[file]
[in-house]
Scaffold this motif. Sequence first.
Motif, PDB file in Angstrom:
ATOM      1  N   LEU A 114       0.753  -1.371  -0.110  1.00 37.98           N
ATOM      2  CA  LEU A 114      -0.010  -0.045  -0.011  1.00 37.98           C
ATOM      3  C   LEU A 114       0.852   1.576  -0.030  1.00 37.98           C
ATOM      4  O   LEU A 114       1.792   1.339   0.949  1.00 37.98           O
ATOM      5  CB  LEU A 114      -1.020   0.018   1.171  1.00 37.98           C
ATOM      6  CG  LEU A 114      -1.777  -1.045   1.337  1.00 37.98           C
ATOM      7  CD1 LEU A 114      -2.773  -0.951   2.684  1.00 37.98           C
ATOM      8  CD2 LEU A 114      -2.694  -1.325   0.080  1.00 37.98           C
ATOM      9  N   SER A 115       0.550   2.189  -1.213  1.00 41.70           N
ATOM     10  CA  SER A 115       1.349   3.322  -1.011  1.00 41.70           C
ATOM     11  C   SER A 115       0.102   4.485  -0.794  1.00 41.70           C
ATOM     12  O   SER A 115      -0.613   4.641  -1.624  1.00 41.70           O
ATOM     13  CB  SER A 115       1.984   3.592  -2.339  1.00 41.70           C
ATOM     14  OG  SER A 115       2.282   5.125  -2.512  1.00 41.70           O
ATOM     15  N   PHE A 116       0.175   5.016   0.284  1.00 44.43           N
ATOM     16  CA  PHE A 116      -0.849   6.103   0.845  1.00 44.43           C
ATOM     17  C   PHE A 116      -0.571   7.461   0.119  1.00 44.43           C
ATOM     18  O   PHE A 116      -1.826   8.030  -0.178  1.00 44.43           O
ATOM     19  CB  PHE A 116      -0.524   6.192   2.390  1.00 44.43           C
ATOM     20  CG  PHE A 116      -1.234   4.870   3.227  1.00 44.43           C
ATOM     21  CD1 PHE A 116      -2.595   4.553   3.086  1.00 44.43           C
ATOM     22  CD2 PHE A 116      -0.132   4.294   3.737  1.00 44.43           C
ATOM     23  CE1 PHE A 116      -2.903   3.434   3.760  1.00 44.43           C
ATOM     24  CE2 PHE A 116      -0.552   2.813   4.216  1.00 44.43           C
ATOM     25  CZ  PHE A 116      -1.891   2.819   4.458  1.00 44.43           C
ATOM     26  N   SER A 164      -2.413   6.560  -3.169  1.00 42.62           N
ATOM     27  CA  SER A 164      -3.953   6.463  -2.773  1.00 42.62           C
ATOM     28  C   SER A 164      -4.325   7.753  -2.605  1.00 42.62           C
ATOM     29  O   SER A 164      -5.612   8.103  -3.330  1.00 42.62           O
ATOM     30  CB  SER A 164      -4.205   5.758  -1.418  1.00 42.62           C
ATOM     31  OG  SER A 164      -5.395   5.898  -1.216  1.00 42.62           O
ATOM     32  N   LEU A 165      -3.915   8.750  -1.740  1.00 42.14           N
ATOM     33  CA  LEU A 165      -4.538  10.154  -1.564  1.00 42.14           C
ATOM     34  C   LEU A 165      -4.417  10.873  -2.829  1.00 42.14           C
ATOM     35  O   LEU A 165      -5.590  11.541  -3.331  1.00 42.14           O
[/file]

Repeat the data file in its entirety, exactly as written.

[in-house]
Scaffold this motif. Sequence first.
Motif, PDB file in Angstrom:
ATOM      1  N   LEU A 114       0.753  -1.371  -0.110  1.00 37.98           N
ATOM      2  CA  LEU A 114      -0.010  -0.045  -0.011  1.00 37.98           C
ATOM      3  C   LEU A 114       0.852   1.576  -0.030  1.00 37.98           C
ATOM      4  O   LEU A 114       1.792   1.339   0.949  1.00 37.98           O
ATOM      5  CB  LEU A 114      -1.020   0.018   1.171  1.00 37.98           C
ATOM      6  CG  LEU A 114      -1.777  -1.045   1.337  1.00 37.98           C
ATOM      7  CD1 LEU A 114      -2.773  -0.951   2.684  1.00 37.98           C
ATOM      8  CD2 LEU A 114      -2.694  -1.325   0.080  1.00 37.98           C
ATOM      9  N   SER A 115       0.550   2.189  -1.213  1.00 41.70           N
ATOM     10  CA  SER A 115       1.349   3.322  -1.011  1.00 41.70           C
ATOM     11  C   SER A 115       0.102   4.485  -0.794  1.00 41.70           C
ATOM     12  O   SER A 115      -0.613   4.641  -1.624  1.00 41.70           O
ATOM     13  CB  SER A 115       1.984   3.592  -2.339  1.00 41.70           C
ATOM     14  OG  SER A 115       2.282   5.125  -2.512  1.00 41.70           O
ATOM     15  N   PHE A 116       0.175   5.016   0.284  1.00 44.43           N
ATOM     16  CA  PHE A 116      -0.849   6.103   0.845  1.00 44.43           C
ATOM     17  C   PHE A 116      -0.571   7.461   0.119  1.00 44.43           C
ATOM     18  O   PHE A 116      -1.826   8.030  -0.178  1.00 44.43           O
ATOM     19  CB  PHE A 116      -0.524   6.192   2.390  1.00 44.43           C
ATOM     20  CG  PHE A 116      -1.234   4.870   3.227  1.00 44.43           C
ATOM     21  CD1 PHE A 116      -2.595   4.553   3.086  1.00 44.43           C
ATOM     22  CD2 PHE A 116      -0.132   4.294   3.737  1.00 44.43           C
ATOM     23  CE1 PHE A 116      -2.903   3.434   3.760  1.00 44.43           C
ATOM     24  CE2 PHE A 116      -0.552   2.813   4.216  1.00 44.43           C
ATOM     25  CZ  PHE A 116      -1.891   2.819   4.458  1.00 44.43           C
ATOM     26  N   SER A 164      -2.413   6.560  -3.169  1.00 42.62           N
ATOM     27  CA  SER A 164      -3.953   6.463  -2.773  1.00 42.62           C
ATOM     28  C   SER A 164      -4.325   7.753  -2.605  1.00 42.62           C
ATOM     29  O   SER A 164      -5.612   8.103  -3.330  1.00 42.62           O
ATOM     30  CB  SER A 164      -4.205   5.758  -1.418  1.00 42.62           C
ATOM     31  OG  SER A 164      -5.395   5.898  -1.216  1.00 42.62           O
ATOM     32  N   LEU A 165      -3.915   8.750  -1.740  1.00 42.14           N
ATOM     33  CA  LEU A 165      -4.538  10.154  -1.564  1.00 42.14           C
ATOM     34  C   LEU A 165      -4.417  10.873  -2.829  1.00 42.14           C
ATOM     35  O   LEU A 165      -5.590  11.541  -3.331  1.00 42.14           O